header image credit: user:kalhh / pixabay.com under Pixabay License

Prisoners (WIP)

(The Silence of Ancient Light, continued…)

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The trip back to the main levels of the community, and from there to Jaci’s chamber, proved in Anna’s mind that some emotions transcended species. She certainly had experienced moments that felt more immediately dangerous, but traveling among and thru the angry Kwakitl, especially along the narrow cliffside path with its sheer drop to the lagoon, ranked as one of the more uncomfortable in recent memory. None of the waist-height avians nudged or in any way touched any of the humans, but their lidded gaze and their silence spoke volumes.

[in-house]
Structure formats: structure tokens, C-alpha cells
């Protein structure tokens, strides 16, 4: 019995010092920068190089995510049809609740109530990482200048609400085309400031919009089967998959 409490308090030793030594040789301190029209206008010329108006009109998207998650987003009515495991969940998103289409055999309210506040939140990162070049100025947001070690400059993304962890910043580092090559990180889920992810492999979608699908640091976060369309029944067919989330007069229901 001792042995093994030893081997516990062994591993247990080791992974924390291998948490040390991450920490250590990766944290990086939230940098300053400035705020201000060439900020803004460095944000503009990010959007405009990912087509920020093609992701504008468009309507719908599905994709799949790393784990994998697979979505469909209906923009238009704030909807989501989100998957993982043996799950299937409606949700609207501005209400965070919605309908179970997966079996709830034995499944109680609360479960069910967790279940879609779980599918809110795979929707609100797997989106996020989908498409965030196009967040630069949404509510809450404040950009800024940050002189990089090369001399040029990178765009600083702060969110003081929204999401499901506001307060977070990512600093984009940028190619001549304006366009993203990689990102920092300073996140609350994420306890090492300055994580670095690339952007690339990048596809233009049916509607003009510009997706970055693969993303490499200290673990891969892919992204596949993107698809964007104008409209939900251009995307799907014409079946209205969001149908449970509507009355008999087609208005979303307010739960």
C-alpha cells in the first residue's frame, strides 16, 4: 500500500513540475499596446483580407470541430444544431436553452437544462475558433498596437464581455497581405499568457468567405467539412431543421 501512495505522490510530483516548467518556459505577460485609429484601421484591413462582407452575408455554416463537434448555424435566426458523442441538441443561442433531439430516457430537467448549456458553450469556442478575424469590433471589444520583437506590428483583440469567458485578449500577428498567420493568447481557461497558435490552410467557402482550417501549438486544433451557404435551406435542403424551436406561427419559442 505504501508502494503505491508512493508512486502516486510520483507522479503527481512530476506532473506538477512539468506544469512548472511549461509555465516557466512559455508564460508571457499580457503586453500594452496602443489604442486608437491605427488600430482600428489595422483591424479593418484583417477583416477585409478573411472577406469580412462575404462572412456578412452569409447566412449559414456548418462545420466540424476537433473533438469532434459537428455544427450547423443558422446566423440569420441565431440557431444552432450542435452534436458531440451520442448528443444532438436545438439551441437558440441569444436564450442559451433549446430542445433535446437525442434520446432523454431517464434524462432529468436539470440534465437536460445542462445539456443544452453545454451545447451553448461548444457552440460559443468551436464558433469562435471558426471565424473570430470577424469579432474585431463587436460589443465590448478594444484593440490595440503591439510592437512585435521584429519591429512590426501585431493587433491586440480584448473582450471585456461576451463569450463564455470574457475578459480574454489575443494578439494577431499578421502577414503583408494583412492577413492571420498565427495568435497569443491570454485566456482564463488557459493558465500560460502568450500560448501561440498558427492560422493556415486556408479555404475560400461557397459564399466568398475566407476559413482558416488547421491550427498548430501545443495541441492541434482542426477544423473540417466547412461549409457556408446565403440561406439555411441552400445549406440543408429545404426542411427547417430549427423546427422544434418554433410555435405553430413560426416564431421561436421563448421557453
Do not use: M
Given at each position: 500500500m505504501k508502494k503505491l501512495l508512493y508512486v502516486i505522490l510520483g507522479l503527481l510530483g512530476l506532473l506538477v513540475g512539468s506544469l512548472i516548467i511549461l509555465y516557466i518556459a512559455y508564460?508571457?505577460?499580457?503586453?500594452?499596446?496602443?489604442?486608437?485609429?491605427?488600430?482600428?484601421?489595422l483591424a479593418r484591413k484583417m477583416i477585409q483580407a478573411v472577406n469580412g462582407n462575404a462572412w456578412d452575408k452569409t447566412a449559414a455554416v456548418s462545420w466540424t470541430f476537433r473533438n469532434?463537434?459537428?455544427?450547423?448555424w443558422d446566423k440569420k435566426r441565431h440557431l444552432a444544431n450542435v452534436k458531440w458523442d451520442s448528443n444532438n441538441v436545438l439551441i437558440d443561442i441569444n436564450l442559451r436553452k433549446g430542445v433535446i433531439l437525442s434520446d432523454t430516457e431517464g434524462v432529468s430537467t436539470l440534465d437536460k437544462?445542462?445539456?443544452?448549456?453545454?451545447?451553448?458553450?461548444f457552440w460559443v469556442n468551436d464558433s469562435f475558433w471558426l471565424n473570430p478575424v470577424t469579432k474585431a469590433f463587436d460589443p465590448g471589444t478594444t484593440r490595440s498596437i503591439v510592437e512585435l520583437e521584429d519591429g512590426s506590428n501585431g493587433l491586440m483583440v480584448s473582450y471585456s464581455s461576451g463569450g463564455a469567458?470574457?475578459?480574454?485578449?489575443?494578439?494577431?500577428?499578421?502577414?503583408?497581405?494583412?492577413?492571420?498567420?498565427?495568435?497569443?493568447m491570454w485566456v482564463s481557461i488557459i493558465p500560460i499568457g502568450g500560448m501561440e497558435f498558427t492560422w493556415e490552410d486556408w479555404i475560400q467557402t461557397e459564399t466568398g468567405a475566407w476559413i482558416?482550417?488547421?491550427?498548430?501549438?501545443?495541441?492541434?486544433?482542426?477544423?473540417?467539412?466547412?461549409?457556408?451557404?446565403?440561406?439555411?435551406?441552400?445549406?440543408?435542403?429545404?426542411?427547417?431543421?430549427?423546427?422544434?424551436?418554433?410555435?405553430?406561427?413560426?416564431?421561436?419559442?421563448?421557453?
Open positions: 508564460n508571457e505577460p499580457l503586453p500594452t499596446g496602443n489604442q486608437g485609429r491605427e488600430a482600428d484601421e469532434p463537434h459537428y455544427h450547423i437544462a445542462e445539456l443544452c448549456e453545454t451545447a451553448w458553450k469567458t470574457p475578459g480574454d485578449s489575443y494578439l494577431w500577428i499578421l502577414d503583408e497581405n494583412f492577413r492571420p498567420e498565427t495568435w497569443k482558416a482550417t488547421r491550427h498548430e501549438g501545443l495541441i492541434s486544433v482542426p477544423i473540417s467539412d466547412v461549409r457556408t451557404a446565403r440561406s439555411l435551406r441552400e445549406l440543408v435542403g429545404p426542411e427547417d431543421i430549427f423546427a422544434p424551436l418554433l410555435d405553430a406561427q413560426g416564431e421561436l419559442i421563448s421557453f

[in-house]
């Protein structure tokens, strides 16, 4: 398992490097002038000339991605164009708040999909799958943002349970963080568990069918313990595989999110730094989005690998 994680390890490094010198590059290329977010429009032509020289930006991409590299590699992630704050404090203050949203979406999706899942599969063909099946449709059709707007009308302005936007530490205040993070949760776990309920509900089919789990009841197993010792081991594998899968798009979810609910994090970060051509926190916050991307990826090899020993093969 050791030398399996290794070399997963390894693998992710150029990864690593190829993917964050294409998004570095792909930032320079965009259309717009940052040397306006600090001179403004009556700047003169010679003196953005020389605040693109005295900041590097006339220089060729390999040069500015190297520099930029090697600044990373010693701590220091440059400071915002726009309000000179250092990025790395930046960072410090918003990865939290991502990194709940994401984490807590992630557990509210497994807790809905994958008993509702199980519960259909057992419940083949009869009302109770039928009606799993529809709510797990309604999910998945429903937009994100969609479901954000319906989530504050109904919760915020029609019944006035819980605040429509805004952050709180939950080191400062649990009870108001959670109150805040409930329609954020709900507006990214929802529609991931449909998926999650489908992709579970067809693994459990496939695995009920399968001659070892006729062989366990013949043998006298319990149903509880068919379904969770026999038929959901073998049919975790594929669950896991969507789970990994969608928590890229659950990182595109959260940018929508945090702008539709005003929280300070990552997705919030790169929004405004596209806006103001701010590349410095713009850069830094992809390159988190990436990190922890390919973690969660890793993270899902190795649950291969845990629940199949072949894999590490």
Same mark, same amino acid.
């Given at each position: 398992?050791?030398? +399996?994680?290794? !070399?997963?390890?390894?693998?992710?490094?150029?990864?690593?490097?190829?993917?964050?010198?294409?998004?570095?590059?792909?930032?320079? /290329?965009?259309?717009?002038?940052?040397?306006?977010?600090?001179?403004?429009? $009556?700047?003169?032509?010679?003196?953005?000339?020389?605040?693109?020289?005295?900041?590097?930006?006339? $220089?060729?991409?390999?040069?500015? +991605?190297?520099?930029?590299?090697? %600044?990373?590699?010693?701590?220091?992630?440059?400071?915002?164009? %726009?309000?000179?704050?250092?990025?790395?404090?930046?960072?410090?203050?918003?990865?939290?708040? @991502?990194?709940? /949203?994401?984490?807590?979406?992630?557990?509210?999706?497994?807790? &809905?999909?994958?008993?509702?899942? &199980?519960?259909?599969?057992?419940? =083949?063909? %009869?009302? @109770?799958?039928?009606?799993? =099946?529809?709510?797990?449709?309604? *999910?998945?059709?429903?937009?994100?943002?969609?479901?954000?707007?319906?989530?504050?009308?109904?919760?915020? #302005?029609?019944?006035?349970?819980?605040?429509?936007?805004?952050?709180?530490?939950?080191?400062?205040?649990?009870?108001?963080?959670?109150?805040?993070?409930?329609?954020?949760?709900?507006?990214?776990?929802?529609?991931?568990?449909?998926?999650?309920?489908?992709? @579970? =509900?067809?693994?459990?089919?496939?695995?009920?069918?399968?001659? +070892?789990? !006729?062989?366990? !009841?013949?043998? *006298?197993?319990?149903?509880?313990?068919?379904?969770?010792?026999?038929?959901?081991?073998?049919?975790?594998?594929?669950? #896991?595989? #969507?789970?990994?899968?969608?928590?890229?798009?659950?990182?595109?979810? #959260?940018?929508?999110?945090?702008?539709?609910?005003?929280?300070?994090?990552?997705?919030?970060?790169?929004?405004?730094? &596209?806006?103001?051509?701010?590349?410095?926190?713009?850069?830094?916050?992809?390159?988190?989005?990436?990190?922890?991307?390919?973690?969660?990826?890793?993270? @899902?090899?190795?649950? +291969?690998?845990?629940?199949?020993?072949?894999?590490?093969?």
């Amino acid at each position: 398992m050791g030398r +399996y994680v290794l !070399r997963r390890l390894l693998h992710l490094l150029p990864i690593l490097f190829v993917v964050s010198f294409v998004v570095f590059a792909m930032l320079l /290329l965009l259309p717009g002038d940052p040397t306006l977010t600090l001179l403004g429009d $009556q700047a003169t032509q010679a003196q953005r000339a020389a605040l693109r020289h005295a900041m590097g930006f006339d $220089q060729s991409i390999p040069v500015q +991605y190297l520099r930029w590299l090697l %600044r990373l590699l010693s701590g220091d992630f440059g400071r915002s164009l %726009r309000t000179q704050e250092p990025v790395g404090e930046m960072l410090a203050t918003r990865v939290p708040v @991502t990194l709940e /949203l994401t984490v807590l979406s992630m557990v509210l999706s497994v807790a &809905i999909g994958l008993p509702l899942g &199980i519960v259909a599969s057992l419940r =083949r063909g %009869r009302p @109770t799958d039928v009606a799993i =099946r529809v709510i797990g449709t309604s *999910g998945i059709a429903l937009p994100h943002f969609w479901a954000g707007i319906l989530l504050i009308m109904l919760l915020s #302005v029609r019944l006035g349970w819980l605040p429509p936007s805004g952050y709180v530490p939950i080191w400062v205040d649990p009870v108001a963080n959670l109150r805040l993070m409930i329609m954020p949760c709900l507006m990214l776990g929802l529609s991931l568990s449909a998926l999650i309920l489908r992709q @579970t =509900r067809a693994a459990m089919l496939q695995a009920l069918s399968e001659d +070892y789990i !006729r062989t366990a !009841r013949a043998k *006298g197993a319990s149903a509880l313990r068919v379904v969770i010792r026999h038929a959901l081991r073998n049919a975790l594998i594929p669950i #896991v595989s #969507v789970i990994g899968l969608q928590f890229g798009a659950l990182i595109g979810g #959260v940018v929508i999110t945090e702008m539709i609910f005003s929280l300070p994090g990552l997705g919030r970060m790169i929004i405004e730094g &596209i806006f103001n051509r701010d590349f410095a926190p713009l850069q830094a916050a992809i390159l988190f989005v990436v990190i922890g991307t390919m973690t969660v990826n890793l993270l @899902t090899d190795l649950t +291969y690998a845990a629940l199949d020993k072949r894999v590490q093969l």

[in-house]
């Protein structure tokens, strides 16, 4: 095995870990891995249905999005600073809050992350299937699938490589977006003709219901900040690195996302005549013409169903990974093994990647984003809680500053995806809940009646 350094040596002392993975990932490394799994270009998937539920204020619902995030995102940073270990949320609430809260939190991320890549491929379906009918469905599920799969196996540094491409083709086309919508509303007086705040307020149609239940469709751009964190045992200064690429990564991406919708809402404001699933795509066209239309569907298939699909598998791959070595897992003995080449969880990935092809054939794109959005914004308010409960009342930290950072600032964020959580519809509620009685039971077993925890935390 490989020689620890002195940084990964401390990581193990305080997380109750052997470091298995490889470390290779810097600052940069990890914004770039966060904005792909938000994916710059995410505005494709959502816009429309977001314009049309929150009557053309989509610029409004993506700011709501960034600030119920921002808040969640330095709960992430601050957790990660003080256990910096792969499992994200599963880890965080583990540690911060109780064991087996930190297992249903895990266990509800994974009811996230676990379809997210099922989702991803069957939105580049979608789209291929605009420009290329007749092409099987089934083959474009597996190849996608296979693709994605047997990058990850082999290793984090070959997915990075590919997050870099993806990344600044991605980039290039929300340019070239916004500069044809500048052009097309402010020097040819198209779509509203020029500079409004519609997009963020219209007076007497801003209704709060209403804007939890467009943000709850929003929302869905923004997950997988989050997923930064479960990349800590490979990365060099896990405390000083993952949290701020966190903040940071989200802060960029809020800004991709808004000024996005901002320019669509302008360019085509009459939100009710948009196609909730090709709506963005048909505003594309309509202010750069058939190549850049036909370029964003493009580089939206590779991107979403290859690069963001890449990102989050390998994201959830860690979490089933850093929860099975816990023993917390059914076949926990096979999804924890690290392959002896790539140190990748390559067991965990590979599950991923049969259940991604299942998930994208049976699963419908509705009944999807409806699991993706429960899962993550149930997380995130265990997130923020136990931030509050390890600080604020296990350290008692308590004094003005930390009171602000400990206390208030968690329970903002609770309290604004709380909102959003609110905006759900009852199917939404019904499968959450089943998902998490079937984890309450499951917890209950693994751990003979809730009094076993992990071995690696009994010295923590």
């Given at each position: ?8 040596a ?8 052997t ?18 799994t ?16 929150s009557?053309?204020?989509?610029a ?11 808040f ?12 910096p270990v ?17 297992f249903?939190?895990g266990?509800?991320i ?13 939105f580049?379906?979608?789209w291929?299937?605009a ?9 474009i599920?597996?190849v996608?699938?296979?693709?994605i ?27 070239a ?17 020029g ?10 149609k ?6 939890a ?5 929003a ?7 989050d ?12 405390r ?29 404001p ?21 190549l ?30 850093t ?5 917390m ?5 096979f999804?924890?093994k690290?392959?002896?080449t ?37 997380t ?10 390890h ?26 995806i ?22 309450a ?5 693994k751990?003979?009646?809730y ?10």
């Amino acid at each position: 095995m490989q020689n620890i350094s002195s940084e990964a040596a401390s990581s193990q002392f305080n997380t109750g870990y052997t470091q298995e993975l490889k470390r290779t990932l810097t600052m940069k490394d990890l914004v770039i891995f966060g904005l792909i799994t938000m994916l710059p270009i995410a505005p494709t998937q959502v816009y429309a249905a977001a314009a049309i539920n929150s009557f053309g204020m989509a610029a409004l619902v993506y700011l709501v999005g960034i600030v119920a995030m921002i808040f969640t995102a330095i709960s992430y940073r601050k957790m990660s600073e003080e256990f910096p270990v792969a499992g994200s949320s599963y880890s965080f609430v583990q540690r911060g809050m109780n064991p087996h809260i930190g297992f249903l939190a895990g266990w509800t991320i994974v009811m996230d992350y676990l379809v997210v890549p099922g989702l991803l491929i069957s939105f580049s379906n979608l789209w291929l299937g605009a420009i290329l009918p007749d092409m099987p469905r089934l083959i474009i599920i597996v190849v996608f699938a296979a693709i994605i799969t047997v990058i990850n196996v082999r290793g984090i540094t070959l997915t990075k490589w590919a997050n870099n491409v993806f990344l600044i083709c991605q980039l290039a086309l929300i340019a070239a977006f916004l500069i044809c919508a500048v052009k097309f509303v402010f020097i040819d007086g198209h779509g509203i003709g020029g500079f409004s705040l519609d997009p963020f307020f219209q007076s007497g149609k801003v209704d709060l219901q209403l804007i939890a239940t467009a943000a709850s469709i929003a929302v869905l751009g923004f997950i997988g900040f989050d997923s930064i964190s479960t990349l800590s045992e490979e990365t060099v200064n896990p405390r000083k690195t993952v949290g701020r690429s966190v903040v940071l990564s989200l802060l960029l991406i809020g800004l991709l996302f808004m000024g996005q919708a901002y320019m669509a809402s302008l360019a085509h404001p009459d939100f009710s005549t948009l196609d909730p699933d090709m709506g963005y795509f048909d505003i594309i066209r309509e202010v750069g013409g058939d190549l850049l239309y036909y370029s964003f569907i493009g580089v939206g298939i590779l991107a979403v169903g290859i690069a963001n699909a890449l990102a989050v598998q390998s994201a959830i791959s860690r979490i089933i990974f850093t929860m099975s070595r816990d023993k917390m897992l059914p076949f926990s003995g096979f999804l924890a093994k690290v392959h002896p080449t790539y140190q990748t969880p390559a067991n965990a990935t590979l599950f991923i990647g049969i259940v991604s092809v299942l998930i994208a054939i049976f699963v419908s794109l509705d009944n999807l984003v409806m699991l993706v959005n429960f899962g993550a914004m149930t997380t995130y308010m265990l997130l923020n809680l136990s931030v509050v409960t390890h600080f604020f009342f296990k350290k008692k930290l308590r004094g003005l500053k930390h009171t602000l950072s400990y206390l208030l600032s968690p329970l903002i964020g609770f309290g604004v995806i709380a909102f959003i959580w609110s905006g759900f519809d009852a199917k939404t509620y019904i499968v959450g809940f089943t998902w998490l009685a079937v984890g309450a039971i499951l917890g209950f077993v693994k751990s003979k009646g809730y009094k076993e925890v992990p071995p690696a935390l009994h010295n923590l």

Read more at

Prisoners

(1,394 words; 5 min 34 sec reading time)

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When we left our heroes (a month ago!), they had joined in with a community celebration for the Kwakitl who had taken them in, but things ended badly, and they were now held in some suspicion. Read on to find out what the avians do next with our hapless human visitors!

Also, this scene (and the next!) were written while out sailing. Turns out I’m rather productive when at sea! So, the next scene is already written, and it won’t be so long before it’s posted.


header image credit: Pixabay under Pexels License

Breaking Radio Silence

An eerie quiet has filled the halls and chambers over here. Like ancient abandoned alien space stations, orbiting planets no longer bustling and buzzing with technology, the passages have grown musty with disuse, where they aren’t emptied to raw vacuum. Like visiting starships, wounded and crippled, responding to desperate queries with nought but static. Like a city gone silent, cars no longer jamming the freeways, buses running empty, the denizens hiding out in their homes while an unseen killer stalks the streets and marketplaces, ready to take the unwary traveler.